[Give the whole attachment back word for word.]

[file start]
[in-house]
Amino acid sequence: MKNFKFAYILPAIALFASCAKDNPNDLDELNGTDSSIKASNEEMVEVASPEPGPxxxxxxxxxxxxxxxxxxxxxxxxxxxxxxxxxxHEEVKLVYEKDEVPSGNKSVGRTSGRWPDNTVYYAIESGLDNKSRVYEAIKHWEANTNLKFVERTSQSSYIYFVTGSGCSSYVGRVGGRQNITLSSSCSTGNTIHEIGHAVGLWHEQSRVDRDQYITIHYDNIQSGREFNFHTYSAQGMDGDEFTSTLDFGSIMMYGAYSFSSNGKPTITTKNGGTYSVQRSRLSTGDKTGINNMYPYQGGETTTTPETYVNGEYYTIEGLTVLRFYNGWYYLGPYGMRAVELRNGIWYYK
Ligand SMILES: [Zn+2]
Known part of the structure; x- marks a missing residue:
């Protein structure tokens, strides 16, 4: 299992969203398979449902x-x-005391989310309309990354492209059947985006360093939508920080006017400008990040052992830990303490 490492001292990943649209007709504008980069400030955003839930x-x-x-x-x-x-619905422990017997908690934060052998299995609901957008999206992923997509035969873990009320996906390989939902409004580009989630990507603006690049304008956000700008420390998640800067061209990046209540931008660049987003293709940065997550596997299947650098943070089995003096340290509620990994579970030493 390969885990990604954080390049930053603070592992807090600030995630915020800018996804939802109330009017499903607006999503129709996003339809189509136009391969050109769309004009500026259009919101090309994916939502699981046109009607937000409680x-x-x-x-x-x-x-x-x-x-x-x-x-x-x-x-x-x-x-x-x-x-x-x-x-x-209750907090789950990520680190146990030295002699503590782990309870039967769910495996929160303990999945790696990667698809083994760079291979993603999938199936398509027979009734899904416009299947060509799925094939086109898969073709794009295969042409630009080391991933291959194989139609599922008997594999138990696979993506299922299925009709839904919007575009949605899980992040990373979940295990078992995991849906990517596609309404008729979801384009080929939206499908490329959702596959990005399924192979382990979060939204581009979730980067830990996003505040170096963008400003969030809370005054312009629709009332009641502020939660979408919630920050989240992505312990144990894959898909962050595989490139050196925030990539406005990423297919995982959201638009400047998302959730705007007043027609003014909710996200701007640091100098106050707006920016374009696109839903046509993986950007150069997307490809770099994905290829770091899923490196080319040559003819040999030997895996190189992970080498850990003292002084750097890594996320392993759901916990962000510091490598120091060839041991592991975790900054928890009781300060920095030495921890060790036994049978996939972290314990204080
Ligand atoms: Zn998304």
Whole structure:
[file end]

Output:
[in-house]
Amino acid sequence: MKNFKFAYILPAIALFASCAKDNPNDLDELNGTDSSIKASNEEMVEVASPEPGPxxxxxxxxxxxxxxxxxxxxxxxxxxxxxxxxxxHEEVKLVYEKDEVPSGNKSVGRTSGRWPDNTVYYAIESGLDNKSRVYEAIKHWEANTNLKFVERTSQSSYIYFVTGSGCSSYVGRVGGRQNITLSSSCSTGNTIHEIGHAVGLWHEQSRVDRDQYITIHYDNIQSGREFNFHTYSAQGMDGDEFTSTLDFGSIMMYGAYSFSSNGKPTITTKNGGTYSVQRSRLSTGDKTGINNMYPYQGGETTTTPETYVNGEYYTIEGLTVLRFYNGWYYLGPYGMRAVELRNGIWYYK
Ligand SMILES: [Zn+2]
Known part of the structure; x- marks a missing residue:
């Protein structure tokens, strides 16, 4: 299992969203398979449902x-x-005391989310309309990354492209059947985006360093939508920080006017400008990040052992830990303490 490492001292990943649209007709504008980069400030955003839930x-x-x-x-x-x-619905422990017997908690934060052998299995609901957008999206992923997509035969873990009320996906390989939902409004580009989630990507603006690049304008956000700008420390998640800067061209990046209540931008660049987003293709940065997550596997299947650098943070089995003096340290509620990994579970030493 390969885990990604954080390049930053603070592992807090600030995630915020800018996804939802109330009017499903607006999503129709996003339809189509136009391969050109769309004009500026259009919101090309994916939502699981046109009607937000409680x-x-x-x-x-x-x-x-x-x-x-x-x-x-x-x-x-x-x-x-x-x-x-x-x-x-209750907090789950990520680190146990030295002699503590782990309870039967769910495996929160303990999945790696990667698809083994760079291979993603999938199936398509027979009734899904416009299947060509799925094939086109898969073709794009295969042409630009080391991933291959194989139609599922008997594999138990696979993506299922299925009709839904919007575009949605899980992040990373979940295990078992995991849906990517596609309404008729979801384009080929939206499908490329959702596959990005399924192979382990979060939204581009979730980067830990996003505040170096963008400003969030809370005054312009629709009332009641502020939660979408919630920050989240992505312990144990894959898909962050595989490139050196925030990539406005990423297919995982959201638009400047998302959730705007007043027609003014909710996200701007640091100098106050707006920016374009696109839903046509993986950007150069997307490809770099994905290829770091899923490196080319040559003819040999030997895996190189992970080498850990003292002084750097890594996320392993759901916990962000510091490598120091060839041991592991975790900054928890009781300060920095030495921890060790036994049978996939972290314990204080
Ligand atoms: Zn998304």
Whole structure: